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Nigeria Air Open To China’s COMAC C919 Narrowbody

  • comac-arj21-2020-deliveries-getty

    Comac

    Business Type:
    Planemaker

    Date Founded:
    2008-05-11

    CEO:
    He Dongfeng

    Headquarters Location:
    Shanghai, China

    Key Product Lines:
    Comac ARJ21, Comac C919, Comac C929

Nigeria Air is not ruling out COMAC’s C919 as it looks to bulk up its fleet ahead of a relaunch, according to Nigerian Aviation Minister Haidi Sirika.


Keeping an open mind

The upcoming flag carrier has its eyes set on a fleet of roughly 30 aircraft by 2025, comprised mainly of Boeing and Airbus jets; however, Sirika remains open-minded to the possibility of China’s freshly certified C919.

“We haven’t looked at that C919. But if it’s as good as the others, then why not,” Sirika told Reuters at the United Nation’s aviation assembly on Saturday. “China and Nigeria have a very cordial and friendly relationship with mutual benefits.”

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COMAC’s C919 is the first competitor to go up against the Airbus and Boeing narrowbody duopoly since Tupolev’s TU-204 in 1996. Photo: Getty Images

A C919 order would make Nigeria Air the first international customer for the narrowbody jet. Nigeria previously examined COMAC in 2017, with the State Government of Kaduna opening talks with the Shanghai-based aircraft manufacturer on leasing its aircraft to Nigerian carriers willing to base themselves out of Kaduna International Airport.

China has worked closely with the Nigerian government for several decades, having invested heavily in infrastructure and energy across the region. Nigeria is currently the largest importer of Chinese goods in Africa, with around $24 billion traveling into the country in 2021. A partnership within the aviation industry appears to be a natural next step for both nations.

COMAC’s comeback

Comments from Sirika appear to have come at the perfect time for COMAC, with the C919 receiving safety certification from the Civil Aviation Administration of China (CAAC) on Friday, a significant step as it edges closer toward its planned entry into service next year.

Established in 2008 to rival the Airbus and Boeing duopoly, the C919 is set to become the first competitor to the A320 and 737 programs to enter service since the Tupolev TU-204 in 1996.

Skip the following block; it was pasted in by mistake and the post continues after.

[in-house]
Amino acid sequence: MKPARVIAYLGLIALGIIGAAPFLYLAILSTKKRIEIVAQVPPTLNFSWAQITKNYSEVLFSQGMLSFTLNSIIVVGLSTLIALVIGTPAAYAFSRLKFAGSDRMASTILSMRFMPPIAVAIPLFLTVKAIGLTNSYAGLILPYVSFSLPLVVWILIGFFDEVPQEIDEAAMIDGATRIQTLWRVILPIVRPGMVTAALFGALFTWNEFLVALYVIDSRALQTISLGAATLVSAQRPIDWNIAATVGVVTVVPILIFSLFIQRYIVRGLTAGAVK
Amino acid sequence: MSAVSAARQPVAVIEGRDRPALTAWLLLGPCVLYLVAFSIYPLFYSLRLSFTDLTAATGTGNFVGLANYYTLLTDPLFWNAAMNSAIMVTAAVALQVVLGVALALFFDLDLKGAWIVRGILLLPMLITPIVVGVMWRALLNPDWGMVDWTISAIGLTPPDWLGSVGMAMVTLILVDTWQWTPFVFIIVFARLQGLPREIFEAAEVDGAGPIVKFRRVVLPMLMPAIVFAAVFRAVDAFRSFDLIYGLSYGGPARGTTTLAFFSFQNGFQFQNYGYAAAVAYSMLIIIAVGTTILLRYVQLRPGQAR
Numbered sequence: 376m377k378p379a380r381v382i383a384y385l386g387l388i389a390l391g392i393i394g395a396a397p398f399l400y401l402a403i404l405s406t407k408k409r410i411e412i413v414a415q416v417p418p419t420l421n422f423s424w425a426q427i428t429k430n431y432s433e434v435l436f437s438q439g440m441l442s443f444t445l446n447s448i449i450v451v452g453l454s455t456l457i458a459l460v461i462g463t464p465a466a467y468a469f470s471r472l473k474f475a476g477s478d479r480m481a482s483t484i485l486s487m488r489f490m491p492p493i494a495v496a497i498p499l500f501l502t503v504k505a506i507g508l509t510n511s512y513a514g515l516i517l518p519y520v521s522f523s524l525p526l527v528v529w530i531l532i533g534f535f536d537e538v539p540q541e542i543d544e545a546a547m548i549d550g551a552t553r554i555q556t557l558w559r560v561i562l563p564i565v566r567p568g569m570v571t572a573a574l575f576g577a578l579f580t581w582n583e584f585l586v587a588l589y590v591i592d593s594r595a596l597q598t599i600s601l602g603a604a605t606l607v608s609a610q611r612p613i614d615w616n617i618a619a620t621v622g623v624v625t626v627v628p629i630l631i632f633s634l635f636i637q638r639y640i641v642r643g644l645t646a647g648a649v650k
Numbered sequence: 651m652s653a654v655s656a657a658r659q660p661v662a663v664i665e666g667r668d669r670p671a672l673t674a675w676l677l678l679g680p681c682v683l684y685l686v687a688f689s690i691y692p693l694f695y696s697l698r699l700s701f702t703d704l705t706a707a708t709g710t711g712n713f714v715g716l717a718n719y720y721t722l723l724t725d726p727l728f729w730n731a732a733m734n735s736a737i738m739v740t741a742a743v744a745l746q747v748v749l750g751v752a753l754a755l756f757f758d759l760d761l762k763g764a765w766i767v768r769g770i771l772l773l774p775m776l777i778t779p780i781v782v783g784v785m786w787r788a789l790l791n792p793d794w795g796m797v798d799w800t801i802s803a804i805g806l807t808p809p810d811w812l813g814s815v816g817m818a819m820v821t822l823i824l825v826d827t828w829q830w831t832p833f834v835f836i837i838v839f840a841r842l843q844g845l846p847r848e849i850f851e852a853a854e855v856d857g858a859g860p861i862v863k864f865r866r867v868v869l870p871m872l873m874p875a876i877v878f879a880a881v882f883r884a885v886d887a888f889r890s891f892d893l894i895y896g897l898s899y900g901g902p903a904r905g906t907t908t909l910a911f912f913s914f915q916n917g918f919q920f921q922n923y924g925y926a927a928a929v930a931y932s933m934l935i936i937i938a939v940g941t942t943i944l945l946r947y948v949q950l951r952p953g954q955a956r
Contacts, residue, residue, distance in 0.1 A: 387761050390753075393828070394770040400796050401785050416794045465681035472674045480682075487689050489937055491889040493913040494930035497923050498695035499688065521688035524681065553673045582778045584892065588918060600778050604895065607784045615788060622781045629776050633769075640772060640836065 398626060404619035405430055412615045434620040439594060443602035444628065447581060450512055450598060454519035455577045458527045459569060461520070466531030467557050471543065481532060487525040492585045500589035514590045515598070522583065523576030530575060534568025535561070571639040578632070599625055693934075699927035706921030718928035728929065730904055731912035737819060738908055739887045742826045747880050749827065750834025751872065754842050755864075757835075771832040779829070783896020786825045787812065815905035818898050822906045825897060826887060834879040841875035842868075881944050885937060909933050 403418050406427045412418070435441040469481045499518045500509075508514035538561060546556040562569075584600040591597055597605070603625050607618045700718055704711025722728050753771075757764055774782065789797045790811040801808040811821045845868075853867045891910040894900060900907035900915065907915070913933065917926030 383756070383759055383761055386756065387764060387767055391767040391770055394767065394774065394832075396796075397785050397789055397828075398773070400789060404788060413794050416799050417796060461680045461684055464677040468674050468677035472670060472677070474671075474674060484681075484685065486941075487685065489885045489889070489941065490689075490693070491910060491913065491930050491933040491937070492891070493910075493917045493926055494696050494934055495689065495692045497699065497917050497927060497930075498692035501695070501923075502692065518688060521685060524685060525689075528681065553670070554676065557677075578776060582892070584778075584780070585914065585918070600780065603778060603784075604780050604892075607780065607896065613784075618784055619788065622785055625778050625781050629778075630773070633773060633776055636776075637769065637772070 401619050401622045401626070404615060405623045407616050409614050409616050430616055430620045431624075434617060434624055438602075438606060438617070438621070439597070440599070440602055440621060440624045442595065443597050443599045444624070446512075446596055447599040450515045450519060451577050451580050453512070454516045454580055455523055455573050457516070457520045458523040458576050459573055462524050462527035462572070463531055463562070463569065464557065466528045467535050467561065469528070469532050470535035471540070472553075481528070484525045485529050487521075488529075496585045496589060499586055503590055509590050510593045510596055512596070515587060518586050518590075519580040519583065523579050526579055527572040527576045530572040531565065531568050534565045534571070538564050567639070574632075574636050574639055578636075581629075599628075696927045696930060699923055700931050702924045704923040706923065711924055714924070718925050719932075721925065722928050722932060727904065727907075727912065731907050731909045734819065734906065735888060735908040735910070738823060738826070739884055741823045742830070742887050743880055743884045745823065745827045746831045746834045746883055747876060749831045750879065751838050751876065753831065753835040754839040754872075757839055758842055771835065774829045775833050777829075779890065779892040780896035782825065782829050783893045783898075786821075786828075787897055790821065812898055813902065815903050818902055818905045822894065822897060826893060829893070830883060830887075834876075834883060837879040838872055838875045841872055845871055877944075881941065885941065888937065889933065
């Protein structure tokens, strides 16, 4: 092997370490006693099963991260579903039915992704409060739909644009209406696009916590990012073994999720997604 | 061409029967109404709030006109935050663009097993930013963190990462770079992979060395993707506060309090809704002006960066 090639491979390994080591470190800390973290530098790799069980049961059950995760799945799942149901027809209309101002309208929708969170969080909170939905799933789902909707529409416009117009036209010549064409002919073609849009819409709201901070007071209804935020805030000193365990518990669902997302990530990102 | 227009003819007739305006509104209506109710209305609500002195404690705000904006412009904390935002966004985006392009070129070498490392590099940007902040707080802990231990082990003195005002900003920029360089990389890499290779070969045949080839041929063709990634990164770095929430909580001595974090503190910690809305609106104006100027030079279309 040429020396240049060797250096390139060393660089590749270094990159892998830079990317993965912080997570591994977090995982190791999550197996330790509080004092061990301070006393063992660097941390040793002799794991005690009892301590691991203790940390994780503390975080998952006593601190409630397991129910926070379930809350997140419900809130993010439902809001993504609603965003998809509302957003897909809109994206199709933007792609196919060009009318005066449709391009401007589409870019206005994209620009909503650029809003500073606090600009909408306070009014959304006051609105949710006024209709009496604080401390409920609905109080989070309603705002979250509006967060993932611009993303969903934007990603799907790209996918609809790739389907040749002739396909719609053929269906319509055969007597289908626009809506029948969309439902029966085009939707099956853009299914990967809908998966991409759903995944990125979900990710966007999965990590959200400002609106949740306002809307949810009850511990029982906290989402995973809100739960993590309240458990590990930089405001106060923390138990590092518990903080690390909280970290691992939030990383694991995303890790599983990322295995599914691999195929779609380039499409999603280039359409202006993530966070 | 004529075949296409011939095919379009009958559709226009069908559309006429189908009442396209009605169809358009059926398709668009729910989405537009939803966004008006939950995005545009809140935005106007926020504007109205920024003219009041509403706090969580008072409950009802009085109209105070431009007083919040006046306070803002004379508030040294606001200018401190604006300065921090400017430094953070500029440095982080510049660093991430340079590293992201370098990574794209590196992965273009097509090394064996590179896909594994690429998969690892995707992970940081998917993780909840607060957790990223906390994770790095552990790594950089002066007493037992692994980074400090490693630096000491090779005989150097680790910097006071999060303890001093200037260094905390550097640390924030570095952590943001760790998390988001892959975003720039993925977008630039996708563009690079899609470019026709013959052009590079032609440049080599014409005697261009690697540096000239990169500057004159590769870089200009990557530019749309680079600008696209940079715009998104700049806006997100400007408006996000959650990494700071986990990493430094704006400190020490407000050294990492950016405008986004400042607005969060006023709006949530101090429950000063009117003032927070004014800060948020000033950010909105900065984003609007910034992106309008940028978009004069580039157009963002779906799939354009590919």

The jet seats 174 passengers in a single class configuration, around the same as the Airbus A320neo and Boeing 737 MAX-8, offering a range of up to 3,000 NM (5,555 km) in its extended variant.

While Nigeria Air remains open-minded, the C919 would require approval by the Nigerian Civil Aviation Authority (NCAA) prior to entering into service, posing a challenge to the carrier’s 2025 timeline. Photo: Getty Images

COMAC’s C919 currently has 815 orders from 28 customers, all based within the People’s Republic of China, according to the manufacturers’ website. Launch customer China Eastern Airlines is the only carrier to have laid out a full delivery schedule, with four C919s joining its fleet next year.

Also projected for a 2023 launch, Nigeria Air is ramping up its operations. Having received its Air Operators Certificate (AOC) in June, the carrier recently unveiled plans for its partnership with Ethiopian Airlines, accelerating the timeline.

Nigeria Air is set to launch with three 737-800s by June 2023. The jets will be configured in a two-class configuration, offering 16 business class and 150 economy seats

While international expansion is still in the planning phase, the carrier will open with a shuttle service between Abuja and Lagos, with further domestic destinations to be announced after launch.

What are your thoughts on Nigeria Air being open to the C919? What airlines would you like to see operate the jet? Let us know in the comments.

Sources: Reuters (1) (2)

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